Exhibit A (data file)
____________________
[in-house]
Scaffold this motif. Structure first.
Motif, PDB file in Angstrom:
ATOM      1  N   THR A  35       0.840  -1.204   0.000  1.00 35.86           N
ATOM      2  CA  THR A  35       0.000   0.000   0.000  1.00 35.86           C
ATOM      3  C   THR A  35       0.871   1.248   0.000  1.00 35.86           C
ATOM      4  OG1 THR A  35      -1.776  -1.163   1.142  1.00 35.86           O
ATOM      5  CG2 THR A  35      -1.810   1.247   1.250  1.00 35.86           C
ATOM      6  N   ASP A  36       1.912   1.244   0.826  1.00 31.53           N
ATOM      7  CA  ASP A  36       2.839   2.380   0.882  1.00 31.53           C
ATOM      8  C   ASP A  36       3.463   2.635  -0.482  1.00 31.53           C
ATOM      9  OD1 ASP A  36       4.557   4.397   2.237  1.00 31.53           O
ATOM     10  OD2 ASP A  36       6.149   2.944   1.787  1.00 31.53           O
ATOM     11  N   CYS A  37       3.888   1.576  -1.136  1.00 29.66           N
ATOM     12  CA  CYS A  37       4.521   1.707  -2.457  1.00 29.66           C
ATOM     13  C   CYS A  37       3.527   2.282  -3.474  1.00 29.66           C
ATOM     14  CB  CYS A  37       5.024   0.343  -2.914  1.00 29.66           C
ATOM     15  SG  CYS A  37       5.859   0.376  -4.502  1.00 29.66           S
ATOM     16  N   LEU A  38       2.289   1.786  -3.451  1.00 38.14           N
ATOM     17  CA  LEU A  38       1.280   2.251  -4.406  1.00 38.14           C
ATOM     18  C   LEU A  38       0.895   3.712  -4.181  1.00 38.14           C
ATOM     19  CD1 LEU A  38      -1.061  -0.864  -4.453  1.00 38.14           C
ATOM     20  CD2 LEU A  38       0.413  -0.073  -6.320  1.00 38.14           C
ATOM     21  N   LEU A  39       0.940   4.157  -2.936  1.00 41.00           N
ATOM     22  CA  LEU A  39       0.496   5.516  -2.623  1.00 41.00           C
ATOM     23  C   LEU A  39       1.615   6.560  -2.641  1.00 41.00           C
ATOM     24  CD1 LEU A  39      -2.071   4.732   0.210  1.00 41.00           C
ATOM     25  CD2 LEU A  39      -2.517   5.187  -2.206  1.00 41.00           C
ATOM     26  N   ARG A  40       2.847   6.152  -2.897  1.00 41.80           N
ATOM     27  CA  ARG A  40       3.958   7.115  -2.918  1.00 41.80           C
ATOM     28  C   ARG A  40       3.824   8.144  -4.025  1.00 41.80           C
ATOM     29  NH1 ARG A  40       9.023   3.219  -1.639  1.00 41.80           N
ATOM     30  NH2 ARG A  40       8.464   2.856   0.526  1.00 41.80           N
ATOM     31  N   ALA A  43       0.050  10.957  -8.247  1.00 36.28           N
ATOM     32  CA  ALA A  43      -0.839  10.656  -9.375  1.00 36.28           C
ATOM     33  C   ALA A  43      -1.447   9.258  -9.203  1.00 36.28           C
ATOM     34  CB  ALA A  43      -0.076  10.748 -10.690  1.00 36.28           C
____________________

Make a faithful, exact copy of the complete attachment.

[in-house]
Scaffold this motif. Structure first.
Motif, PDB file in Angstrom:
ATOM      1  N   THR A  35       0.840  -1.204   0.000  1.00 35.86           N
ATOM      2  CA  THR A  35       0.000   0.000   0.000  1.00 35.86           C
ATOM      3  C   THR A  35       0.871   1.248   0.000  1.00 35.86           C
ATOM      4  OG1 THR A  35      -1.776  -1.163   1.142  1.00 35.86           O
ATOM      5  CG2 THR A  35      -1.810   1.247   1.250  1.00 35.86           C
ATOM      6  N   ASP A  36       1.912   1.244   0.826  1.00 31.53           N
ATOM      7  CA  ASP A  36       2.839   2.380   0.882  1.00 31.53           C
ATOM      8  C   ASP A  36       3.463   2.635  -0.482  1.00 31.53           C
ATOM      9  OD1 ASP A  36       4.557   4.397   2.237  1.00 31.53           O
ATOM     10  OD2 ASP A  36       6.149   2.944   1.787  1.00 31.53           O
ATOM     11  N   CYS A  37       3.888   1.576  -1.136  1.00 29.66           N
ATOM     12  CA  CYS A  37       4.521   1.707  -2.457  1.00 29.66           C
ATOM     13  C   CYS A  37       3.527   2.282  -3.474  1.00 29.66           C
ATOM     14  CB  CYS A  37       5.024   0.343  -2.914  1.00 29.66           C
ATOM     15  SG  CYS A  37       5.859   0.376  -4.502  1.00 29.66           S
ATOM     16  N   LEU A  38       2.289   1.786  -3.451  1.00 38.14           N
ATOM     17  CA  LEU A  38       1.280   2.251  -4.406  1.00 38.14           C
ATOM     18  C   LEU A  38       0.895   3.712  -4.181  1.00 38.14           C
ATOM     19  CD1 LEU A  38      -1.061  -0.864  -4.453  1.00 38.14           C
ATOM     20  CD2 LEU A  38       0.413  -0.073  -6.320  1.00 38.14           C
ATOM     21  N   LEU A  39       0.940   4.157  -2.936  1.00 41.00           N
ATOM     22  CA  LEU A  39       0.496   5.516  -2.623  1.00 41.00           C
ATOM     23  C   LEU A  39       1.615   6.560  -2.641  1.00 41.00           C
ATOM     24  CD1 LEU A  39      -2.071   4.732   0.210  1.00 41.00           C
ATOM     25  CD2 LEU A  39      -2.517   5.187  -2.206  1.00 41.00           C
ATOM     26  N   ARG A  40       2.847   6.152  -2.897  1.00 41.80           N
ATOM     27  CA  ARG A  40       3.958   7.115  -2.918  1.00 41.80           C
ATOM     28  C   ARG A  40       3.824   8.144  -4.025  1.00 41.80           C
ATOM     29  NH1 ARG A  40       9.023   3.219  -1.639  1.00 41.80           N
ATOM     30  NH2 ARG A  40       8.464   2.856   0.526  1.00 41.80           N
ATOM     31  N   ALA A  43       0.050  10.957  -8.247  1.00 36.28           N
ATOM     32  CA  ALA A  43      -0.839  10.656  -9.375  1.00 36.28           C
ATOM     33  C   ALA A  43      -1.447   9.258  -9.203  1.00 36.28           C
ATOM     34  CB  ALA A  43      -0.076  10.748 -10.690  1.00 36.28           C